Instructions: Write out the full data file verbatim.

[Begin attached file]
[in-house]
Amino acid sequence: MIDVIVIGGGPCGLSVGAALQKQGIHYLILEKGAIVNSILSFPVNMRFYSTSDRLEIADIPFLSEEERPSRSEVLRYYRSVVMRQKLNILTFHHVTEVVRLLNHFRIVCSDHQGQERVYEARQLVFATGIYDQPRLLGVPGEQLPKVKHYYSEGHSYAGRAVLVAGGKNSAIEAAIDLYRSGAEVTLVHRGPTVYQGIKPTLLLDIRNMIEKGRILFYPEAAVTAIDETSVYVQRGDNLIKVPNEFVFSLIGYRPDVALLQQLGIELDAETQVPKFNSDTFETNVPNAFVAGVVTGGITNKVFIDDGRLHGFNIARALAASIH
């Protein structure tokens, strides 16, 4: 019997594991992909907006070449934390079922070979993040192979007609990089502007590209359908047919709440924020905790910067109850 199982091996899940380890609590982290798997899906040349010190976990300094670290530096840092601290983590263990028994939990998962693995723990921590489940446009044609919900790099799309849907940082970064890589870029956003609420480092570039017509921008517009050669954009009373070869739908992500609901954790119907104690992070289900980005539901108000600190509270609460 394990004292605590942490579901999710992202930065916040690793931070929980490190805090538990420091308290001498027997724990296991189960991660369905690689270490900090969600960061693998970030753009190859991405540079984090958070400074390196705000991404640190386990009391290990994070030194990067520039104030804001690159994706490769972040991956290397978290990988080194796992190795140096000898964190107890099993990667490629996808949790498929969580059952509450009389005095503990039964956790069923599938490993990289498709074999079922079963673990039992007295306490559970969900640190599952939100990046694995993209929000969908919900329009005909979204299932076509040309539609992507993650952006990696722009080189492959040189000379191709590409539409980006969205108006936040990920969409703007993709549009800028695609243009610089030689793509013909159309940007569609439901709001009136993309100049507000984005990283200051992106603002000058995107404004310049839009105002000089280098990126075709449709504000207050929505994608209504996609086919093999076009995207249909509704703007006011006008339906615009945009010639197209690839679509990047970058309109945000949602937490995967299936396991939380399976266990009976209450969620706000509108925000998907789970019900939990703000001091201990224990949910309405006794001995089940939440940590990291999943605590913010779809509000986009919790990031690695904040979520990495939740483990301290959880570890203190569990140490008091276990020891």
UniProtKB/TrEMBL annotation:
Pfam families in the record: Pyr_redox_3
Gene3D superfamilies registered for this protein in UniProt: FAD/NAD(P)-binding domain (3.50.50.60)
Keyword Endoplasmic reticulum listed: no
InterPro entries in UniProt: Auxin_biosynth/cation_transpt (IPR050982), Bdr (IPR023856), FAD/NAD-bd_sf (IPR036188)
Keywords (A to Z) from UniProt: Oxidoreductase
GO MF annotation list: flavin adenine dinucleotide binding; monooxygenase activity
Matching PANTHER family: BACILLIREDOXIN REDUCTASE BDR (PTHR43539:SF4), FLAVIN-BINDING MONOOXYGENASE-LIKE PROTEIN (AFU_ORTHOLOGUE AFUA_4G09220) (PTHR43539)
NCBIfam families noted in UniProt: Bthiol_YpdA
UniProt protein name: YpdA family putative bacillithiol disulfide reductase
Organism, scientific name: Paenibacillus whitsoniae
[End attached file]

[in-house]
Amino acid sequence: MIDVIVIGGGPCGLSVGAALQKQGIHYLILEKGAIVNSILSFPVNMRFYSTSDRLEIADIPFLSEEERPSRSEVLRYYRSVVMRQKLNILTFHHVTEVVRLLNHFRIVCSDHQGQERVYEARQLVFATGIYDQPRLLGVPGEQLPKVKHYYSEGHSYAGRAVLVAGGKNSAIEAAIDLYRSGAEVTLVHRGPTVYQGIKPTLLLDIRNMIEKGRILFYPEAAVTAIDETSVYVQRGDNLIKVPNEFVFSLIGYRPDVALLQQLGIELDAETQVPKFNSDTFETNVPNAFVAGVVTGGITNKVFIDDGRLHGFNIARALAASIH
């Protein structure tokens, strides 16, 4: 019997594991992909907006070449934390079922070979993040192979007609990089502007590209359908047919709440924020905790910067109850 199982091996899940380890609590982290798997899906040349010190976990300094670290530096840092601290983590263990028994939990998962693995723990921590489940446009044609919900790099799309849907940082970064890589870029956003609420480092570039017509921008517009050669954009009373070869739908992500609901954790119907104690992070289900980005539901108000600190509270609460 394990004292605590942490579901999710992202930065916040690793931070929980490190805090538990420091308290001498027997724990296991189960991660369905690689270490900090969600960061693998970030753009190859991405540079984090958070400074390196705000991404640190386990009391290990994070030194990067520039104030804001690159994706490769972040991956290397978290990988080194796992190795140096000898964190107890099993990667490629996808949790498929969580059952509450009389005095503990039964956790069923599938490993990289498709074999079922079963673990039992007295306490559970969900640190599952939100990046694995993209929000969908919900329009005909979204299932076509040309539609992507993650952006990696722009080189492959040189000379191709590409539409980006969205108006936040990920969409703007993709549009800028695609243009610089030689793509013909159309940007569609439901709001009136993309100049507000984005990283200051992106603002000058995107404004310049839009105002000089280098990126075709449709504000207050929505994608209504996609086919093999076009995207249909509704703007006011006008339906615009945009010639197209690839679509990047970058309109945000949602937490995967299936396991939380399976266990009976209450969620706000509108925000998907789970019900939990703000001091201990224990949910309405006794001995089940939440940590990291999943605590913010779809509000986009919790990031690695904040979520990495939740483990301290959880570890203190569990140490008091276990020891």
UniProtKB/TrEMBL annotation:
Pfam families in the record: Pyr_redox_3
Gene3D superfamilies registered for this protein in UniProt: FAD/NAD(P)-binding domain (3.50.50.60)
Keyword Endoplasmic reticulum listed: no
InterPro entries in UniProt: Auxin_biosynth/cation_transpt (IPR050982), Bdr (IPR023856), FAD/NAD-bd_sf (IPR036188)
Keywords (A to Z) from UniProt: Oxidoreductase
GO MF annotation list: flavin adenine dinucleotide binding; monooxygenase activity
Matching PANTHER family: BACILLIREDOXIN REDUCTASE BDR (PTHR43539:SF4), FLAVIN-BINDING MONOOXYGENASE-LIKE PROTEIN (AFU_ORTHOLOGUE AFUA_4G09220) (PTHR43539)
NCBIfam families noted in UniProt: Bthiol_YpdA
UniProt protein name: YpdA family putative bacillithiol disulfide reductase
Organism, scientific name: Paenibacillus whitsoniae